I worked out a budget with my wife that would allow us to establish a soft and hard deadline for starting a new job. The soft deadline is the date by which I’d really like to start working, the hard deadline is the date by which I absolutely have to start generating income of our financial situation starts to become unmanageable. This set of deadlines was more-or-less entirely dictated by our budgets and our emergency cash on hand—I suppose that’s really the first lesson of all of this.

Lesson 1

Put aside some money first, and keep it set aside. I’m absolutely terrible at this, and I certainly didn’t have as much put away as I should have, but, even the modest amount that we had in savings did an amazing job of blunting the sphincter-tightening panic that can often accompany a layoff. There are about as many rules of thumb about how much to keep in savings as there are smug financial consultants writing blogs, but the guideline that has served me fairly well for a decade is pretty simple: I like to keep track of what my minimum comfortable expenses are, and carry three months of those expenses in savings.

What does that term—”comfortable expenses”—mean? For me, it means that I can pay the essentials (rent, utilities, food) and any bills that are non-trivial to suspend (auto payments, gym membership) as well as keep a couple of quality-of-life items going (Netflix, for example).

Because I’m terrible at emergency savings, we had unfortunately just dipped into that account for some start of summer expenses, but because we had been typically running at fairly close to that three month window, that meant we still had considerable flexibility financially.

Based on our cash on hand and our budget, we were able to plan for a soft deadline of the last week of August with a hard deadline of end-of-September. Despite a laughable severance package, we had socked away enough cash to ensure that we wouldn’t be living off ramen for the duration.

Lesson 2

Use a plan to rid yourself of artificial panic and to help you make good job searching decisions. It is ridiculously easy to slip into negative feelings about being suddenly unemployed. In the US, we have a very unhealthy culture wherein our identities are closely associated with our jobs, so being suddenly bereft of that identity can cause depression and anxiety that are only exacerbated by feelings of worthlessness and laziness. When you add in the anxiety that comes along with a sudden, unplanned reduction in income, you have a recipe for disaster.

A plan can help alleviate this; although I’ll be the first to admit that nothing makes it entirely go away. You’re not alone, that feeling sucks.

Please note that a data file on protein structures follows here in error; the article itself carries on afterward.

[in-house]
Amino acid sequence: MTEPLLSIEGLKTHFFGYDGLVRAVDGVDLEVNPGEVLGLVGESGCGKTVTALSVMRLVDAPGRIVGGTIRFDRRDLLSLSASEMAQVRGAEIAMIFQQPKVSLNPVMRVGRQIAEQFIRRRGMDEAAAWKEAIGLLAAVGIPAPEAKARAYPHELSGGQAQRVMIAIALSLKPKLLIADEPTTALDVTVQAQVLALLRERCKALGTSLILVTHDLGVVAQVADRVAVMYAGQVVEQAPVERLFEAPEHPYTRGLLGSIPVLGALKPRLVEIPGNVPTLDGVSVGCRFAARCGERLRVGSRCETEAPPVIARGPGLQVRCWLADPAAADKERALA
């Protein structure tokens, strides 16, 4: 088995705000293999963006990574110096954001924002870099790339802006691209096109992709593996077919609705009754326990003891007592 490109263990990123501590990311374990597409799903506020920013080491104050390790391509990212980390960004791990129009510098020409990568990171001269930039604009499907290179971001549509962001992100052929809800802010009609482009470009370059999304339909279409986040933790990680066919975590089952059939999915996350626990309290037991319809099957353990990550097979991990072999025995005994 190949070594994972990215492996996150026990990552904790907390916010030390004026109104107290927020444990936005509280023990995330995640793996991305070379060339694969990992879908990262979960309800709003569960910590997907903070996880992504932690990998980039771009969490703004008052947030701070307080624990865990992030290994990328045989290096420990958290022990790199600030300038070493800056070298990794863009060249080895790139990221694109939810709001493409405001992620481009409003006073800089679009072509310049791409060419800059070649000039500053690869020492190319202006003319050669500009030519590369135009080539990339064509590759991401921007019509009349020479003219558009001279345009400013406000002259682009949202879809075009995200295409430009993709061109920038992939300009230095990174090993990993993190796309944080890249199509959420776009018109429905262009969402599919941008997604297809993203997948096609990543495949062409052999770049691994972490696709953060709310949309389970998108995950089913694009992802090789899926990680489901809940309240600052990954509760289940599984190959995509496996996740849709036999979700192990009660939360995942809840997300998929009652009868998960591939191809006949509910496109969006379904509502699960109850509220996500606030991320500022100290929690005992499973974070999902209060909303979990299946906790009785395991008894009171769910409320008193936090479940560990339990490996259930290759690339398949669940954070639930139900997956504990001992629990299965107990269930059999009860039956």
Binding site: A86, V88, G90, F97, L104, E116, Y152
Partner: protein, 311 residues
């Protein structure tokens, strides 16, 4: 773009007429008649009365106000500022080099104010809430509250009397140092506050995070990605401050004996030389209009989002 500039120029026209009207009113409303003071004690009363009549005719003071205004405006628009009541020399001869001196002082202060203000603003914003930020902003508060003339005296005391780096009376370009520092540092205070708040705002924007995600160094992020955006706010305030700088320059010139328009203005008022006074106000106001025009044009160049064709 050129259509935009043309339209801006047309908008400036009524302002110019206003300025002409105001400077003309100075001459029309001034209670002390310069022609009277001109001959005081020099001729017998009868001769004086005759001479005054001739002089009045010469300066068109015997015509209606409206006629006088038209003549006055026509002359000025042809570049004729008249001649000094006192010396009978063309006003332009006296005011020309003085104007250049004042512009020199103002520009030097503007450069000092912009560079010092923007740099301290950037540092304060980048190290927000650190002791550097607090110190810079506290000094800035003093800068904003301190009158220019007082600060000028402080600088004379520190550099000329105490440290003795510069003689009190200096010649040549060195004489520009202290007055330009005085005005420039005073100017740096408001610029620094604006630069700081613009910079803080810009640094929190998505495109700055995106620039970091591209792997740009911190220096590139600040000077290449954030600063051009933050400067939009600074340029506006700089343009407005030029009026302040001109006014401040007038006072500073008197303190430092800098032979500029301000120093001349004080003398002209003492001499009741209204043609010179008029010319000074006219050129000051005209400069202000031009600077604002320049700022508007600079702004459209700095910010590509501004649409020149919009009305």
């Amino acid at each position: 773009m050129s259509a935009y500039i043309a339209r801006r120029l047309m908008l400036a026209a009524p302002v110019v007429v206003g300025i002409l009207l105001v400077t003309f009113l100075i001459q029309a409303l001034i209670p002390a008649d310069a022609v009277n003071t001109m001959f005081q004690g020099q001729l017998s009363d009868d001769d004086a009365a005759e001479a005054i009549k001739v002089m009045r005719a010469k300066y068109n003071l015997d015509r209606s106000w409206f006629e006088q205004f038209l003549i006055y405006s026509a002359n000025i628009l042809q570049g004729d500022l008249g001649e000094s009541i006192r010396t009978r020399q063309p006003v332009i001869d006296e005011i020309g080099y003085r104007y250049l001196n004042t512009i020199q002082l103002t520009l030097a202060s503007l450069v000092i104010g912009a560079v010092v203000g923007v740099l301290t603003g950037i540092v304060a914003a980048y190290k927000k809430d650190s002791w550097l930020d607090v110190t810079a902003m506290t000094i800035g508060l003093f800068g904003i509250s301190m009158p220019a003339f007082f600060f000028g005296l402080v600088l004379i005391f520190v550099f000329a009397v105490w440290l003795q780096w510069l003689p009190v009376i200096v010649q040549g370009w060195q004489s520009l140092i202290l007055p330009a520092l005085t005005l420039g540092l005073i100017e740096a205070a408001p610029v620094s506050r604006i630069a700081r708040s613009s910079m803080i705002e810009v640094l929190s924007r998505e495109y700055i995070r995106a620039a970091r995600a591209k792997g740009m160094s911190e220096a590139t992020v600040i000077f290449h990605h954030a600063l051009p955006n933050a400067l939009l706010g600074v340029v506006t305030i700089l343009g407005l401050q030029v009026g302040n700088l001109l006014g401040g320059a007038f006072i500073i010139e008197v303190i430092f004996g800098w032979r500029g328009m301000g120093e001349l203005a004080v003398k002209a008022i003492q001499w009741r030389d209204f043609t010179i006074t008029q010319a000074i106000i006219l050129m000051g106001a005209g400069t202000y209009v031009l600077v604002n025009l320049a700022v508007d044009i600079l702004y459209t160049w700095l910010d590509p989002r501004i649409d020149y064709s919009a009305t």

With a plan, the situation that you are in switches from feeling thrust upon you to feeling like a conscious decision in which you were an active participant. Believe me when I say that it lifts a huge weight from your chest. Free from that panic and anxiety, you greatly reduce your chances of just taking the first thing that comes along or of going on a series of fruitless “desperation interviews” instead of guiding your job hunt along productively.

Our plan in place, it was time for me to take a break, which brings us to our next lesson…

Lesson 3

Take a break, if at all possible. In a number of important ways, your employment situation isn’t merely similar to a relationship, it really is a relationship that is hopefully built on respect, trust, communication, and mutual benefit. Just like any relationship, skipping merrily from one to the next can really prevent you from taking the time to figure out what it is you want. It is important—especially if you have been involuntarily let go—to take some time between roles to be introspective and to establish what is important to you.

And to kayak. There should definitely be some kayaking.

Immediately before my break I did two things to sort of “set my fishing line” as it were: I posted my resume on some job boards just to get some emails coming in and I sent emails to my network of contacts describing my situation, my goals, and my timing. Once that was done, I spent a lovely month camping, relaxing, reading, catching up with friends, and enjoying the summer.

Oh, and a ludicrous amount of kayaking.

Throughout, I spent a lot of time thinking about what it was that I wanted to do. My ultimate decisions are a topic for a different post, but suffice to say that when I started to actively job seek at the end of my self-imposed break, I had a pretty solid idea of what attributes were essential and were nice to have in whatever role I took on next.

With those in mind, I started looking in earnest.

What does this mean, “looking in earnest?” My initial job search consisted principally of reaching out to my network of colleagues, friends, and peers in the industry as well as posting my resume conspicuously. After weeding through the correspondence that those acts had generated over the prior month, I was able to winnow my pursuits down to just under a dozen that I thought seemed like solid possibilities. Looking in earnest, then, speaks to the activity surrounding trying to obtain on of those jobs to which I’d narrowed my search.

Lesson 4

Narrow your search down and devote your energy to a smaller field of candidates. You simply cannot maintain the appropriate enthusiasm and intensity to an endless series of job prospects, so you have to trim the pool down to the manageable. Recognizing that the entire hiring cycle is moderately time intensive and exhausting, at every level you should be slimming your prospects down to a number that affords you the opportunity to present the best representation of you at all times.